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    so grade boundary predictions?
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    STEP III: Question 4

    Sum to N
    Note that \frac{1}{1+x^r} - \frac{1}{1+x^{r+1}} = \frac{x^r(x-1)}{(1+x^r)(1+x^{r+1}}

    So, it follows, by re-writing and telescoping, we have:

    \displaystyle 

\begin{equation*}\sum_{r=1}^{N} \frac{x^r}{(1+x^r)(1+x^{r+1})} = \frac{1}{x-1}\sum_{r=1}^N \frac{1}{1+x^r} - \frac{1}{1+x^{r+1}} =\frac{1}{x-1}\left( \frac{1}{1+x} - \frac{1}{1+x^N} \right)\end{equation*}



    Sum to infinity


    Now, take N \to \infty, so that for |x|<1 we have x^N \to 0 meaning that our sum is:

    \displaystyle

\begin{align*}\sum_{r=1}^{\infty  } \frac{x^r}{(1+x^r)(1+x^{r+1})} &= \lim_{N \to \infty} \frac{1}{x-1}\left(\frac{1}{1+x} - \frac{1}{1+x^{N+1}}\right) \\ &= \frac{1}{x-1}\left( \frac{1}{1+x} - 1 \right) \\&= \frac{1}{x-1} \times \frac{-x}{1+x} \\&= \frac{x}{1-x^2}\end{align*}


    Hyperbolic sum

    Write the hyperbolic sum in exponential form:

    \displaystyle \sum_{r=1}^{\infty} \frac{4}{(e^{ry} + e^{-ry})(e^{y(r+1)} + e^{-y(r+1)})} = e^{-y}\sum_{r=1}^{\infty} \frac{4e^{-2ry}}{(1 + e^{-2ry})(1 + e^{-2y(r+1)})}

    So take x = e^{-2y} and use the previous result, noting that \forall y \in \mathbb{R}, |x| < 1 we have:

    \displaystyle 

\begin{align*}\frac{4e^{-y}e^{-2y}}{1-e^{-4y}} = \frac{4e^{-y}}{e^{2y} - e^{-2y}} = 2e^{-y}\text{cosech} \, y\end{align*}

    Now, for the final result, it's simply double the sum and adding on 2\text{sech} \, y to account for the r=0 term. This cleans up to 2\text{cosech} \, y
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    (Original post by Zacken)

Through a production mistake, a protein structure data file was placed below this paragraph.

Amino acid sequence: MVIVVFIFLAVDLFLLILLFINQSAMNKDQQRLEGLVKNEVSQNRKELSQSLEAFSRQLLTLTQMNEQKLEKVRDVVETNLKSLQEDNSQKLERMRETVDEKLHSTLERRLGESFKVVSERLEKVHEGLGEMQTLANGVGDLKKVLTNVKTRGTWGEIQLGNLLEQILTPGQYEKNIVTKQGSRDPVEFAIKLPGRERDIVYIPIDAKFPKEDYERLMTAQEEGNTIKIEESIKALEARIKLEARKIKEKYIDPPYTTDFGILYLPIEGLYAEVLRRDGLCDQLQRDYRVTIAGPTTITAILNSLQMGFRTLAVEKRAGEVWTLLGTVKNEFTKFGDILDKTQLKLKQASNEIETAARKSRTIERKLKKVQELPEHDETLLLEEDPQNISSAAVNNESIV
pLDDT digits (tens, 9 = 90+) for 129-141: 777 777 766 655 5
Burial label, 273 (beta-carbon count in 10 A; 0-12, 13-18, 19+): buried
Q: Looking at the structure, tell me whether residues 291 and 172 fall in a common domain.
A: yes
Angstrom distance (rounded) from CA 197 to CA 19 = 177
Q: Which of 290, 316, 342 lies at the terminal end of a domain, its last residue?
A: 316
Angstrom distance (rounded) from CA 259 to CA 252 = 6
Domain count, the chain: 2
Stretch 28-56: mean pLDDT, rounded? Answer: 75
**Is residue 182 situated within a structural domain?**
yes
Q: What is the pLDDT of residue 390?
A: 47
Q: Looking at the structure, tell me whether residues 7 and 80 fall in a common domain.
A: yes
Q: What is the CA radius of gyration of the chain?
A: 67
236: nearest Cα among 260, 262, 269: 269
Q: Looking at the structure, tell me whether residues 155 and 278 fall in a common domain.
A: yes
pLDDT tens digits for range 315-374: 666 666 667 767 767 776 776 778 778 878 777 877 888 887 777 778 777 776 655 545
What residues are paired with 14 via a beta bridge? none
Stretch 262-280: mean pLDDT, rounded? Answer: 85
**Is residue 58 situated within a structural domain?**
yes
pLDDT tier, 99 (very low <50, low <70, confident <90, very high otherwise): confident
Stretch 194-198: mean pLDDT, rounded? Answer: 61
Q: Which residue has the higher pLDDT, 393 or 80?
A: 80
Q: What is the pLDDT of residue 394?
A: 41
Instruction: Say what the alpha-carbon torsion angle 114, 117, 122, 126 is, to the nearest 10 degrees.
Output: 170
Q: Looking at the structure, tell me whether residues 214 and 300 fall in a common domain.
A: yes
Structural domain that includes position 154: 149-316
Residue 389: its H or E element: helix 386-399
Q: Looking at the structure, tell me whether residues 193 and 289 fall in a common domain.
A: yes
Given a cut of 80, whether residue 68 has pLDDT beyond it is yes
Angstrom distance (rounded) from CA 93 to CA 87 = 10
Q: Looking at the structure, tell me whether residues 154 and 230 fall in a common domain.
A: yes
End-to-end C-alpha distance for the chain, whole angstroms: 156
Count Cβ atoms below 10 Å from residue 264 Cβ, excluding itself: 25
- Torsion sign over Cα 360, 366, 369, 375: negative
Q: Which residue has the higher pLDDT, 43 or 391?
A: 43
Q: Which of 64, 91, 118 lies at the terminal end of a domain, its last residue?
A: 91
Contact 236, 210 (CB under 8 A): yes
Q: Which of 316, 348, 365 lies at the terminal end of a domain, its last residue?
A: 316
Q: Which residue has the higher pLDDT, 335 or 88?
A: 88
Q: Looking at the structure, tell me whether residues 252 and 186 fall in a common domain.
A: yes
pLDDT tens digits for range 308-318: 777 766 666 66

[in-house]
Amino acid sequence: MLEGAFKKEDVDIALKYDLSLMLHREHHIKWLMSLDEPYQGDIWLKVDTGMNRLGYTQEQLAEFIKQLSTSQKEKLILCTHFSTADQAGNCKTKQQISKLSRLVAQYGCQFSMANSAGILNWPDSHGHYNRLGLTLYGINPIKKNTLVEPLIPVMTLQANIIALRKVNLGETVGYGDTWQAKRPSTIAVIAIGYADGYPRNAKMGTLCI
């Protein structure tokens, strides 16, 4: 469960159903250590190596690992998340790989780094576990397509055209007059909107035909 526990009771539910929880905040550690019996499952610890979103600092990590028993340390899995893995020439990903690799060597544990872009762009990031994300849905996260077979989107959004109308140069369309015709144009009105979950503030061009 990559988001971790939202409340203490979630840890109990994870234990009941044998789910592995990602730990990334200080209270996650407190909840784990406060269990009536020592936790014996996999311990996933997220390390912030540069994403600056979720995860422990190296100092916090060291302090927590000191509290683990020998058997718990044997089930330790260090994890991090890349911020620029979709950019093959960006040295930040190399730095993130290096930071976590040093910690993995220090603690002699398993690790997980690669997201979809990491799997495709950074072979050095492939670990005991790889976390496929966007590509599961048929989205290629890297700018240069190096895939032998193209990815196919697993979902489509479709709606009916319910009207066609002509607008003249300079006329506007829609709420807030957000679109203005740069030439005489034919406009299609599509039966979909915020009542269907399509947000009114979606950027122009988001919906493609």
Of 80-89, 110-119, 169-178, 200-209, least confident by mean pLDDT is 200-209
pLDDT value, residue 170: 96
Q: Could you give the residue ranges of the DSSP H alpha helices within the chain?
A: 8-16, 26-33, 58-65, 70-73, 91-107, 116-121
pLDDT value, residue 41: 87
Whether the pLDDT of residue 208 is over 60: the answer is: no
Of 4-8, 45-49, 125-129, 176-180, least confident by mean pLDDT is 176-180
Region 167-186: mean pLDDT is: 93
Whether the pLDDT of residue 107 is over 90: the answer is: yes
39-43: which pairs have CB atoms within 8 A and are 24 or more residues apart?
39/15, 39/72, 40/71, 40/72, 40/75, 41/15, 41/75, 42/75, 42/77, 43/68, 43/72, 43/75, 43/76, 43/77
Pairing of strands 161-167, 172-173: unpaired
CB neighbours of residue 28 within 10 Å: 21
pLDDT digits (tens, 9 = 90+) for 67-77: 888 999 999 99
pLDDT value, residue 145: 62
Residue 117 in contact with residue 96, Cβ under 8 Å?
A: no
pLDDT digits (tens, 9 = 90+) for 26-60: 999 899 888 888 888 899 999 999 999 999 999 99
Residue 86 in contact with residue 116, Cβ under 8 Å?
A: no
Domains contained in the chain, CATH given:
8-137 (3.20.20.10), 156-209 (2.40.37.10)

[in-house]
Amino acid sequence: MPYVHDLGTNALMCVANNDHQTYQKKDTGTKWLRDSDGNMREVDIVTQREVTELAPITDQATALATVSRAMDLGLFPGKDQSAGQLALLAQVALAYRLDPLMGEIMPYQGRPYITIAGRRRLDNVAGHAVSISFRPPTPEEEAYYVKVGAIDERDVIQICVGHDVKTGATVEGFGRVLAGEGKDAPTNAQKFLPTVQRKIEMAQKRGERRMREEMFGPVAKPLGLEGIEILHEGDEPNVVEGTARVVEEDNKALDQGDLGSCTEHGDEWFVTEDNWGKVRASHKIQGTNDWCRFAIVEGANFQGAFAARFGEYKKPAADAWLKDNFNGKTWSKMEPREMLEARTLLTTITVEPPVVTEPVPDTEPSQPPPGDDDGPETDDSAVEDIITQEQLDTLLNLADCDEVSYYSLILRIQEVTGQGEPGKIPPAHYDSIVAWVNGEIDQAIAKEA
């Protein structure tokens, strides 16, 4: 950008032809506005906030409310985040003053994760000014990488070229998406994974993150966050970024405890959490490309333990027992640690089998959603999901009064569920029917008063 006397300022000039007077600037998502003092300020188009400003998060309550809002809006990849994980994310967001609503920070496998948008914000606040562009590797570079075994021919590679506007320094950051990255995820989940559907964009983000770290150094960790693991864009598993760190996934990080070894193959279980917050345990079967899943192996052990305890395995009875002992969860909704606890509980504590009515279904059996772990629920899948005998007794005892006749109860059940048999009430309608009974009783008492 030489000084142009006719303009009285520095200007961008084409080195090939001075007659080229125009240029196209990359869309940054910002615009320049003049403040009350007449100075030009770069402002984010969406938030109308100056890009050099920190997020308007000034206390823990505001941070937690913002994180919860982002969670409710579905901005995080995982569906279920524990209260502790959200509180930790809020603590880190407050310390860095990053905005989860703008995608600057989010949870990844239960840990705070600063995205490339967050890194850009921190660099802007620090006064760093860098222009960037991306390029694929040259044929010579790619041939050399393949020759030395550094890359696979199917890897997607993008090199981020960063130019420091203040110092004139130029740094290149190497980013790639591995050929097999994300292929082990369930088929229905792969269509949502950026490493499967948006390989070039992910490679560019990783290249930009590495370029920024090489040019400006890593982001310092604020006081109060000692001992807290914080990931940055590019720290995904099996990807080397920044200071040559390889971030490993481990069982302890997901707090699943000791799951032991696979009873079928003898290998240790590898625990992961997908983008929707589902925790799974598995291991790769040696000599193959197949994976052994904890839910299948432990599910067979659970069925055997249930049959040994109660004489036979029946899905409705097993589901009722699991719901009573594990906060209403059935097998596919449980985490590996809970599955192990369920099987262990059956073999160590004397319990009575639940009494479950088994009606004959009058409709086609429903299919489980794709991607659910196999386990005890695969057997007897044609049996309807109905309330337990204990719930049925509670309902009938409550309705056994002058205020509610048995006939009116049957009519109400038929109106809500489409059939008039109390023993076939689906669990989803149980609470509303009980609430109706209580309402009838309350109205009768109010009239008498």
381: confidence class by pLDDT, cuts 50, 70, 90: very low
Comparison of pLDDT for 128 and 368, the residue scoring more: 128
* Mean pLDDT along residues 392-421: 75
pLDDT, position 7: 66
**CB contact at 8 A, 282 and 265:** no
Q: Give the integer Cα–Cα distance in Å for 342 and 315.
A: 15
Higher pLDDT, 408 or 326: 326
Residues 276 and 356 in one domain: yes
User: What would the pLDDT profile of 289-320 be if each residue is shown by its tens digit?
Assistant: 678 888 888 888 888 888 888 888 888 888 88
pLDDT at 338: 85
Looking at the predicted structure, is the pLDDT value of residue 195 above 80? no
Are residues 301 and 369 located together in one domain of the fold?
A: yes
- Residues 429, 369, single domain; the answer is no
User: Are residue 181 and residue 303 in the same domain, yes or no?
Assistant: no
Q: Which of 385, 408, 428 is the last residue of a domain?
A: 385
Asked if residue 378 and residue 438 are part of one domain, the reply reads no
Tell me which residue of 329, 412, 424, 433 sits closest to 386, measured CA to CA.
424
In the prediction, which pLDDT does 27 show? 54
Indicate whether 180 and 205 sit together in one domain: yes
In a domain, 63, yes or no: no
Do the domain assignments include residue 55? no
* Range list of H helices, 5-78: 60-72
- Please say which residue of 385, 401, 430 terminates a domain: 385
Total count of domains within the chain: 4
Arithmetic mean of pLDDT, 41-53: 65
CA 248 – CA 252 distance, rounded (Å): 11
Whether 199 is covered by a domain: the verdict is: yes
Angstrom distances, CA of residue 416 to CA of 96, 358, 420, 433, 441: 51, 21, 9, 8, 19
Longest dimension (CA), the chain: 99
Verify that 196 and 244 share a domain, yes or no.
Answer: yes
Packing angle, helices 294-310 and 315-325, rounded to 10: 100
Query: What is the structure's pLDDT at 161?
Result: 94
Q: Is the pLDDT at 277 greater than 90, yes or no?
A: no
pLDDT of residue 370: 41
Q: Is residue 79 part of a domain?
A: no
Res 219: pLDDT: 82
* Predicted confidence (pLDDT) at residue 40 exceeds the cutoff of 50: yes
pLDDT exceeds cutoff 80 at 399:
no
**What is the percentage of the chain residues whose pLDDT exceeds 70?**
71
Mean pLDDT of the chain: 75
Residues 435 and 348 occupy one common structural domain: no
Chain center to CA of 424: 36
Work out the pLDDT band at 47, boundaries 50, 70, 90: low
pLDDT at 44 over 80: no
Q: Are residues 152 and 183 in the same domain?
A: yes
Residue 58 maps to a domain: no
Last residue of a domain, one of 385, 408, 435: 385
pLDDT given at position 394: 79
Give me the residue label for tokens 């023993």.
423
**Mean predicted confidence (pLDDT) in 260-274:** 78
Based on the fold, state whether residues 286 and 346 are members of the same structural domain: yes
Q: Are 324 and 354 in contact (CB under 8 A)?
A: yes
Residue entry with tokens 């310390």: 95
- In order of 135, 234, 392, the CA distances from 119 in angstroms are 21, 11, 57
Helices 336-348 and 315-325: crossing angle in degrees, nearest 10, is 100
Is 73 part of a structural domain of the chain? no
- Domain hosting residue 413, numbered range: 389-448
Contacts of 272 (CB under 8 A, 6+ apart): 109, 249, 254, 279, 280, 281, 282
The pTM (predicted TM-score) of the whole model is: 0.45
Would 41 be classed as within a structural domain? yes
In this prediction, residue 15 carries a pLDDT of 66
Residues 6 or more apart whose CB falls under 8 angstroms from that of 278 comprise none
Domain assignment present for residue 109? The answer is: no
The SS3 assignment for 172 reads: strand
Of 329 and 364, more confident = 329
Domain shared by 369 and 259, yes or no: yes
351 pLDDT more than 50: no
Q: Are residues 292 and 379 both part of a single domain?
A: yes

STEP III: Question 4

    Sum to N
    Note that \frac{1}{1+x^r} - \frac{1}{1+x^{r+1}} = \frac{x^r(x-1)}{(1+x^r)(1+x^{r+1}}

    So, it follows, by re-writing and telescoping, we have:

    \displaystyle 

\begin{equation*}\sum_{r=1}^{N} \frac{x^r}{(1+x^r)(1+x^{r+1})} = \frac{1}{x-1}\sum_{r=1}^N \frac{1}{1+x^r} - \frac{1}{1+x^{r+1}} =\frac{1}{x-1}\left( \frac{1}{1+x} - \frac{1}{1+x^N} \right)\end{equation*}



    Sum to infinity


    Now, take N \to \infty, so that for |x|<1 we have x^N \to 0 meaning that our sum is:

    \displaystyle

\begin{align*}\sum_{r=1}^{\infty  } \frac{x^r}{(1+x^r)(1+x^{r+1})} &= \lim_{N \to \infty} \frac{1}{x-1}\left(\frac{1}{1+x} - \frac{1}{1+x^{N+1}}\right) \\ &= \frac{1}{x-1}\left( \frac{1}{1+x} - 1 \right) \\&= \frac{1}{x-1} \times \frac{-x}{1+x} \\&= \frac{x}{1-x^2}\end{align*}


    Hyperbolic sum

    Write the hyperbolic sum in exponential form:

    \displaystyle \sum_{r=1}^{\infty} \frac{4}{(e^{ry} + e^{-ry})(e^{y(r+1)} + e^{-y(r+1)})} = e^{-y}\sum_{r=1}^{\infty} \frac{4e^{-2ry}}{(1 + e^{-2ry})(1 + e^{-2y(r+1)})}

    So take x = e^{-2y} and use the previous result, noting that \forall y \in \mathbb{R}, |x| < 1 we have:

    \displaystyle 

\begin{align*}\frac{4e^{-y}e^{-2y}}{1-e^{-4y}} = \frac{4e^{-y}}{e^{2y} - e^{-2y}} = 2e^{-y}\text{cosech} \, y\end{align*}

    Now, for the final result, it's simply double the sum and adding on 2\text{sech} \, y to account for the r=0 term. This cleans up to 2\text{cosech} \, y
    Yes so, I did the right thing for last part but didnt simplify and ofcourse i used x=e^2y. Lose like 5?


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    I'll post a solution to 8 if you'd like?
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    (Original post by student0042)
    I'll post a solution to 8 if you'd like?
    Please do
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    Q2 is my *****. Had a beauty to that, it was eazy. Need to go pick up my little brother first.


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    EDIT:
    someone else do q7, Latex ****ing trolled me hard
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    Q12 is mine guys

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    Anyone got a copy of the paper yet?
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    (Original post by Mathemagicien)
    2 late
    😥😥 I cri
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    (Original post by Shrek1234)
    Please do